Date of this Version
Rosheim, K.J. (2015). Exploring deployment and resilience through the experiences of Army National Guard youth. (Master's thesis). University of Nebraska- Lincoln, Lincoln, NE.
The Global War on Terror utilized Army National Guard soldiers at unprecedented rates, drastically changing their reserve role and the lifestyle of their families. This qualitative study explored what the adolescent children of Army National Guard soldiers experienced during the deployment of a parent and how they conceptualized and demonstrated resilience. Through individual interviews with nine participants, who collectively have experienced over 17 years of deployment during adolescence, and email survey results of their primary caregivers, the following three themes emerged to capture the essence of deployment for Army National Guard youth. Deployment can be viewed as “a mixed bag” as it brings added complexity to adolescent relationships, functioning, emotional expression, and development. Adolescents feel that “nobody understands,” showing how the context of a deployment, including the specific circumstances, an adolescent’s surrounding environment, and interactions with others, serve to either help or hinder adolescent functioning. Finally, adolescents relate an attitude of, “We can do this!” demonstrating how they actively construct meaning from deployment; it becomes that which adolescents make it to be in their own minds and understandings. The results suggest that families, military service providers, educators, and community members can support Army National Guard adolescents during deployment by helping simplify their lives, being part of a supportive context, and assisting youth in constructing value from the experience. Additionally, understanding how to approach youth during deployment builds trust and qualifies others to be supportive in the eyes of Army National Guard adolescents.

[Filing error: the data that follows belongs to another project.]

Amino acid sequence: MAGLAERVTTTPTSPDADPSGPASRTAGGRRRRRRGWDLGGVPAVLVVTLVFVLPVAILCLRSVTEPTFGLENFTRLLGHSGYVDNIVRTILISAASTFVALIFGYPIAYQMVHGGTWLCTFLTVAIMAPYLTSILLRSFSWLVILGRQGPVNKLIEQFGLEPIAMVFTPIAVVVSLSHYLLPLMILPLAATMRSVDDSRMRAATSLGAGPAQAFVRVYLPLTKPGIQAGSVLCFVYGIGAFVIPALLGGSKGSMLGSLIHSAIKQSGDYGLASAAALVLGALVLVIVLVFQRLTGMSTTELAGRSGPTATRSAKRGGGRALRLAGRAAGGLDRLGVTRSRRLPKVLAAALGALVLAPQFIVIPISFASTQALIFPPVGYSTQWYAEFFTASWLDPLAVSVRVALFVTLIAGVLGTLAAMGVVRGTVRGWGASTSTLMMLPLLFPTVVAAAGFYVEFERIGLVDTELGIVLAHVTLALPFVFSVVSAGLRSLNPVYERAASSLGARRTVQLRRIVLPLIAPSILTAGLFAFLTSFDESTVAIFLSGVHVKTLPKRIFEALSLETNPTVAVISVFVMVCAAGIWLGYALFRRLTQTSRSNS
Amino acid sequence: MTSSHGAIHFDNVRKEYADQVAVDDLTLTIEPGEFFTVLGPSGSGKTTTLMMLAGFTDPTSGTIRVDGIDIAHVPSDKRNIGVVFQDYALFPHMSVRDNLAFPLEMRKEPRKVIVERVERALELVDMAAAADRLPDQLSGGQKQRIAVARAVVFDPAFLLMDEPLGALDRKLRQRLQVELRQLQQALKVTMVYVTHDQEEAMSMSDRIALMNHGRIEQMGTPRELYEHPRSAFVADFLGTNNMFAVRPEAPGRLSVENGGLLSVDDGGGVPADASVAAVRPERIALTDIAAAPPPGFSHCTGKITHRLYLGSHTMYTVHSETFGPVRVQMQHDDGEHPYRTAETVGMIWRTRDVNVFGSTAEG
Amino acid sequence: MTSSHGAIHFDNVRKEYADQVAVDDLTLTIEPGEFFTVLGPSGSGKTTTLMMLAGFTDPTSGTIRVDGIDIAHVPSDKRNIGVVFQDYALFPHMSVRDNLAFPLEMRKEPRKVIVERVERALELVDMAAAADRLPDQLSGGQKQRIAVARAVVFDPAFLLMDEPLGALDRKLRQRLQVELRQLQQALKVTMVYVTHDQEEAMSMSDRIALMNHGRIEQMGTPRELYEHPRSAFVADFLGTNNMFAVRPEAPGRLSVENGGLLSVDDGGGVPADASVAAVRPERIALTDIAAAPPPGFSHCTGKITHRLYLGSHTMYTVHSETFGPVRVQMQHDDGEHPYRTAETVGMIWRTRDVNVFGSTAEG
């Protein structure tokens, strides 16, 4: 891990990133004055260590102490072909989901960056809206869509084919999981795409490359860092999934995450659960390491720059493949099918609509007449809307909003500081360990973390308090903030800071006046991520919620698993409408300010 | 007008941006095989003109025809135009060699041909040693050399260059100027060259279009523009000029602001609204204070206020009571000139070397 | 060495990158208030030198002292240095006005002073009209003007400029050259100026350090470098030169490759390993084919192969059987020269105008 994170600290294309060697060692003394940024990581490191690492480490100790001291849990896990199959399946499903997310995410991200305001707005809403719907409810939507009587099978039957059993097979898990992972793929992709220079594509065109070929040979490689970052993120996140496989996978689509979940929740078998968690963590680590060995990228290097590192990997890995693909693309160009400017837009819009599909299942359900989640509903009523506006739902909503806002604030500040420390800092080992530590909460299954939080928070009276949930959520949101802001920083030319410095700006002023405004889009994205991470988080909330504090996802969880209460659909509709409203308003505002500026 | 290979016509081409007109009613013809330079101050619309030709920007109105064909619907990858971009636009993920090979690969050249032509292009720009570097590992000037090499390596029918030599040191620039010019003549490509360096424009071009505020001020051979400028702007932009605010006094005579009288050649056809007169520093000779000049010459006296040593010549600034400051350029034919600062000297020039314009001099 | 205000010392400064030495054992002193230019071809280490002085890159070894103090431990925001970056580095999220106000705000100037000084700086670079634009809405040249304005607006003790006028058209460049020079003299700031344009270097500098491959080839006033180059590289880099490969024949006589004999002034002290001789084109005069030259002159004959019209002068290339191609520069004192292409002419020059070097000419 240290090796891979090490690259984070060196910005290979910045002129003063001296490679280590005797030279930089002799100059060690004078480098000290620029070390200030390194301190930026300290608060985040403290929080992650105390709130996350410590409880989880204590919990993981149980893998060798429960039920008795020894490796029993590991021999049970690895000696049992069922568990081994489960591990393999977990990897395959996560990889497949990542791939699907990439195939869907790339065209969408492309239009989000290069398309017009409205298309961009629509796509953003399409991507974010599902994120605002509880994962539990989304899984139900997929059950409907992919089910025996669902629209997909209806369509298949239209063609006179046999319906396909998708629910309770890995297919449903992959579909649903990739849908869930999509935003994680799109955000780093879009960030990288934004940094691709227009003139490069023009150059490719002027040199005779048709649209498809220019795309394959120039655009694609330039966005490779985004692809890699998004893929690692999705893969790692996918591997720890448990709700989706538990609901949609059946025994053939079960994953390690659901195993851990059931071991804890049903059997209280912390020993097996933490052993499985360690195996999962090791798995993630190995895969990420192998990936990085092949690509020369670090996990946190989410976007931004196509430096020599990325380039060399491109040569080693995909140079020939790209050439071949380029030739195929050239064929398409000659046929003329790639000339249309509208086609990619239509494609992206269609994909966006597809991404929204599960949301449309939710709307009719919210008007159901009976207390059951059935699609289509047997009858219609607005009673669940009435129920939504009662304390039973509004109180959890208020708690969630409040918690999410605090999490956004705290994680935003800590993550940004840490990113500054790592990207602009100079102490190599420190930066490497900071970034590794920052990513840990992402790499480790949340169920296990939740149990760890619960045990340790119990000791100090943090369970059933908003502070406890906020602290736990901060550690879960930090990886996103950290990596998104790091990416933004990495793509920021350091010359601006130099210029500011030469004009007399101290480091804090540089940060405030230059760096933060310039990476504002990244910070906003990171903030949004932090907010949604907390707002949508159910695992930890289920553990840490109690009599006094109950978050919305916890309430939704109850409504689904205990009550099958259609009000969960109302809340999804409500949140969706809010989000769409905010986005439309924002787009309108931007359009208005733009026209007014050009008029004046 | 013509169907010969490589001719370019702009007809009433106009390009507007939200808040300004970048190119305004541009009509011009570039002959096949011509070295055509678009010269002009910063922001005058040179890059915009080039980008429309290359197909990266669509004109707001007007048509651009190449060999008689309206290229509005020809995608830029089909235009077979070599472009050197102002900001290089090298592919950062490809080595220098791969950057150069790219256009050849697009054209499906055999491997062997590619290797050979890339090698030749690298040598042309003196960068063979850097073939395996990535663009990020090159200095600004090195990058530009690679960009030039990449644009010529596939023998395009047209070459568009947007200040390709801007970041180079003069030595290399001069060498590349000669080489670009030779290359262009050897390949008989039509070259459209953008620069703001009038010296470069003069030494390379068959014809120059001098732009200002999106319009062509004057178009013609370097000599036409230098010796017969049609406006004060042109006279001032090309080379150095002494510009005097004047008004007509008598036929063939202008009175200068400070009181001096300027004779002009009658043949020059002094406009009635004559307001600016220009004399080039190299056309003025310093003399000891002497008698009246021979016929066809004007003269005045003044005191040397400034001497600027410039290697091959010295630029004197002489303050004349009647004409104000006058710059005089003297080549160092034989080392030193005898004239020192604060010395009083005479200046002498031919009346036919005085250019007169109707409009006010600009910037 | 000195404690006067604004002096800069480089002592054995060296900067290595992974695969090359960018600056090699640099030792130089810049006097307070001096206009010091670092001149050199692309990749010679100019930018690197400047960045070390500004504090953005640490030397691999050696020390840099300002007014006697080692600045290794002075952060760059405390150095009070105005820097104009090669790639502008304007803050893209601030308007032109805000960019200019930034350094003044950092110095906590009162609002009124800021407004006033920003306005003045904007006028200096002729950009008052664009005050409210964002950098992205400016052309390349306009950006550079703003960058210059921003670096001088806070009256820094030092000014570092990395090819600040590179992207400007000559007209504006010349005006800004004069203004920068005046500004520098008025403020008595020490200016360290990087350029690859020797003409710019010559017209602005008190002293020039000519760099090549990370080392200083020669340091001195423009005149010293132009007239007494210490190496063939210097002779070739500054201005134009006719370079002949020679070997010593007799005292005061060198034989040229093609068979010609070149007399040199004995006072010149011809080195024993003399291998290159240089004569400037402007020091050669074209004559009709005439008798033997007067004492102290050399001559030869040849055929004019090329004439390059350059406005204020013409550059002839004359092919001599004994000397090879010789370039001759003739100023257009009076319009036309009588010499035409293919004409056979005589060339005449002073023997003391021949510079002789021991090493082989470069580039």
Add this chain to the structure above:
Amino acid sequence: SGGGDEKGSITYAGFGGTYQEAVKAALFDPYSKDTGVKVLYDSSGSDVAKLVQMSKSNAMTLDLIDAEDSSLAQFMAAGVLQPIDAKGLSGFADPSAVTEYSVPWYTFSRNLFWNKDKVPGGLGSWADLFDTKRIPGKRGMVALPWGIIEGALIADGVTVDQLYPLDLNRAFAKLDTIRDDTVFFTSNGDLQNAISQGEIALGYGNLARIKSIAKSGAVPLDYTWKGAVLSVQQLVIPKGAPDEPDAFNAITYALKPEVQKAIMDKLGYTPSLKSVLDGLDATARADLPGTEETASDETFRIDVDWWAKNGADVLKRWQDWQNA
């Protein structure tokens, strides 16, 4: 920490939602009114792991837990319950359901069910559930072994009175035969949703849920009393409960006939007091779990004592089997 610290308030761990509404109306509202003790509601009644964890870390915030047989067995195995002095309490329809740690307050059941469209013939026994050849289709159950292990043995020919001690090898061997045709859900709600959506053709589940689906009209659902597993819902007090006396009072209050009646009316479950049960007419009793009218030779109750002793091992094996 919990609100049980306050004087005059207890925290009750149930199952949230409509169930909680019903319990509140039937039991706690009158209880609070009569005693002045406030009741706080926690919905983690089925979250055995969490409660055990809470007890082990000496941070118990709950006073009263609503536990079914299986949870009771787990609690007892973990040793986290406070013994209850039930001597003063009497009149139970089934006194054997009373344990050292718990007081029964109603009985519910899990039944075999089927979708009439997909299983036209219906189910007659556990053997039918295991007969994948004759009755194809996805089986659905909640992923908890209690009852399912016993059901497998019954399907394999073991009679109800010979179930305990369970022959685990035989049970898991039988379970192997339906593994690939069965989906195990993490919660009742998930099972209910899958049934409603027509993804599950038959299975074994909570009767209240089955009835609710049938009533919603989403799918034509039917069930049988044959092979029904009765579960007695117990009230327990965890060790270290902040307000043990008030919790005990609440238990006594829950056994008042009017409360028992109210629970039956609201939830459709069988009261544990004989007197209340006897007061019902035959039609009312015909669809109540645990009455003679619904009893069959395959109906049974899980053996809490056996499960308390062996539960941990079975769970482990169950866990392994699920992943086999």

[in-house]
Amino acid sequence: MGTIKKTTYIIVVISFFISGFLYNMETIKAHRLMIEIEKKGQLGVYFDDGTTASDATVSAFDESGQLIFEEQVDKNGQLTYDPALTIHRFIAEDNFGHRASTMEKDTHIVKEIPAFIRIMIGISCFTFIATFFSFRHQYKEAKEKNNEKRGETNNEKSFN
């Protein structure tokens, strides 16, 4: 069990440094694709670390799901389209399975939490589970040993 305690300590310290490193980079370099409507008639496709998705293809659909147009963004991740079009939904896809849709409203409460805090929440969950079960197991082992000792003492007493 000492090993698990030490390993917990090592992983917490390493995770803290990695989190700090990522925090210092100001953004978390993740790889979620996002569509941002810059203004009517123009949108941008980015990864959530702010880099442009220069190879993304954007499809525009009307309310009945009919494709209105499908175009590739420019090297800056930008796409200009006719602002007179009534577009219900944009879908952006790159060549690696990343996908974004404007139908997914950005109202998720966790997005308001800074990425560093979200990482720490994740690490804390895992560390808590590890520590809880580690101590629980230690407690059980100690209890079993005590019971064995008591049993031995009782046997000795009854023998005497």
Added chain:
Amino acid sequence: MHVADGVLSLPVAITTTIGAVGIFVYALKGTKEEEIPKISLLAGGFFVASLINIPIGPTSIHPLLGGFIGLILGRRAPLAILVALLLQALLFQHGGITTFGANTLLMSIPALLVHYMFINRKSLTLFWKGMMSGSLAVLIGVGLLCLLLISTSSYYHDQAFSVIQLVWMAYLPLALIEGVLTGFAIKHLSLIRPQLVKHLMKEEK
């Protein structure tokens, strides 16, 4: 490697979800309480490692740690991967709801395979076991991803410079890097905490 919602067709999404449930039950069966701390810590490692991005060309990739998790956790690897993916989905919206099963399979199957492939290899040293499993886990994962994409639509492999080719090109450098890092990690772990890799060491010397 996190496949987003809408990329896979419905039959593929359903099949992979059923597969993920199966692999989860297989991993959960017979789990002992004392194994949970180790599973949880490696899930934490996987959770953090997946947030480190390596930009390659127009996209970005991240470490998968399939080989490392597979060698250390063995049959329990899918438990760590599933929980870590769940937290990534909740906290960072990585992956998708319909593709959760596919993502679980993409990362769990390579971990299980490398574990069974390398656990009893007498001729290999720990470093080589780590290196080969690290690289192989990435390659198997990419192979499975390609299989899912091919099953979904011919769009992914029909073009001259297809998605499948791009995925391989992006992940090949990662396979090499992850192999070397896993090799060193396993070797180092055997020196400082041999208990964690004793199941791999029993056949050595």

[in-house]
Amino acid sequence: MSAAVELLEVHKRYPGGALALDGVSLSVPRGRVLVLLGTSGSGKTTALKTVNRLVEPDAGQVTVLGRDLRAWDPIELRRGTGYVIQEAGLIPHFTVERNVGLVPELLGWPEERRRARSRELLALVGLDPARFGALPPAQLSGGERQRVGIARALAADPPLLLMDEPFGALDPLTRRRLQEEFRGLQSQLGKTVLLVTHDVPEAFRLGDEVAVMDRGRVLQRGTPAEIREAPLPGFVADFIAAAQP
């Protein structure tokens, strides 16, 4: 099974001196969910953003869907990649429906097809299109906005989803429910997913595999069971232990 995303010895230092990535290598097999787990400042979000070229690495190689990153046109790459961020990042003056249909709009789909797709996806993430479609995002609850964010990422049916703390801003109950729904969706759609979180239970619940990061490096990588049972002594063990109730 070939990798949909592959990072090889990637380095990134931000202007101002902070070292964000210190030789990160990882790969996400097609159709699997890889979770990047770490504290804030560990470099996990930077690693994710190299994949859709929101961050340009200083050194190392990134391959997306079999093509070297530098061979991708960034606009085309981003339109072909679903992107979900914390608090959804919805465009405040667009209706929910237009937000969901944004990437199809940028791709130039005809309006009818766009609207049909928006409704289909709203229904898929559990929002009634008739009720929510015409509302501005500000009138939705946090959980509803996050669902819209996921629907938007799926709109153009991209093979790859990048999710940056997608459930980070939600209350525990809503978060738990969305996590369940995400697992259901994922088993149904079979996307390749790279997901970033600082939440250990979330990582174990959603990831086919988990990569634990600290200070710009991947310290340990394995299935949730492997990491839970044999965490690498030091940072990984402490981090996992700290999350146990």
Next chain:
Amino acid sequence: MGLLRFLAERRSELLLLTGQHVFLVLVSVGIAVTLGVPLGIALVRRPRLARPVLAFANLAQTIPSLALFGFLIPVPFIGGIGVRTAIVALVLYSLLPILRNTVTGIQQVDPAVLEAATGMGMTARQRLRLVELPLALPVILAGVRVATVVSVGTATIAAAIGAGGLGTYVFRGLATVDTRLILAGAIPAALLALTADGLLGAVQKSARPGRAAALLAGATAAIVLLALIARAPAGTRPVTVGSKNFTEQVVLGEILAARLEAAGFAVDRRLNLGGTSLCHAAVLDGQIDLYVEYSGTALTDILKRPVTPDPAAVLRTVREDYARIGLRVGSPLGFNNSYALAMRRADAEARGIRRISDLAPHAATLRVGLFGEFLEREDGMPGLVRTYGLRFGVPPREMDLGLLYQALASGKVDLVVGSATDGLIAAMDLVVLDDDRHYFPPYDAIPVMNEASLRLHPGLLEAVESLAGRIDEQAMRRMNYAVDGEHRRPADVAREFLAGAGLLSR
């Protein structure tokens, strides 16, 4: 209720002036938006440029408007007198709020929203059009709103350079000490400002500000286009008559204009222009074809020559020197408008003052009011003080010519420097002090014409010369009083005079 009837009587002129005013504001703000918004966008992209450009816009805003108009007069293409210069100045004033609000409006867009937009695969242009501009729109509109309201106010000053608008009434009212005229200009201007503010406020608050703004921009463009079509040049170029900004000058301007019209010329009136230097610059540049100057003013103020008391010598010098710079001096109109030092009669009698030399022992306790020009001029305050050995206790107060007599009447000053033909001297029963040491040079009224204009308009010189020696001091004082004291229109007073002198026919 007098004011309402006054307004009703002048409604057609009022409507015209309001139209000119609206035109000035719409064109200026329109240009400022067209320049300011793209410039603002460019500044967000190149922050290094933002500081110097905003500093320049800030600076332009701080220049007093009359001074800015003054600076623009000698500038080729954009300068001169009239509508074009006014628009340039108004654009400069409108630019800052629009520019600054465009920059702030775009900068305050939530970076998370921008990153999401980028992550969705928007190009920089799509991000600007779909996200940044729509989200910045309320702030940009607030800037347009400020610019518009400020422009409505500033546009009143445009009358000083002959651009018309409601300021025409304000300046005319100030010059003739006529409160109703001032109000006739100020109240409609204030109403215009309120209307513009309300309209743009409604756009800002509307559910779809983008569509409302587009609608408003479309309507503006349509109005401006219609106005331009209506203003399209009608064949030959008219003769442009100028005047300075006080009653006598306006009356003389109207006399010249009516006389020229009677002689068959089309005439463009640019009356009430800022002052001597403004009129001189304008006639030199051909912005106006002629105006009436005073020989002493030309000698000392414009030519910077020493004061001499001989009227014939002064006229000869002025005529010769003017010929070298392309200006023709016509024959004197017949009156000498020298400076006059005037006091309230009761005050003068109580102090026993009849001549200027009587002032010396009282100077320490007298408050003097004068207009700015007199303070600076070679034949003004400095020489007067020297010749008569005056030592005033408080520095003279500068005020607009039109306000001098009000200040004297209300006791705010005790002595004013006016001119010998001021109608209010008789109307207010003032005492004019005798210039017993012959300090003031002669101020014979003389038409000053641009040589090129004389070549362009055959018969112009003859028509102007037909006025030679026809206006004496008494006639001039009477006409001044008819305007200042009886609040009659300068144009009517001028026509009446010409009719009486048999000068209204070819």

Adviser: Yan Xia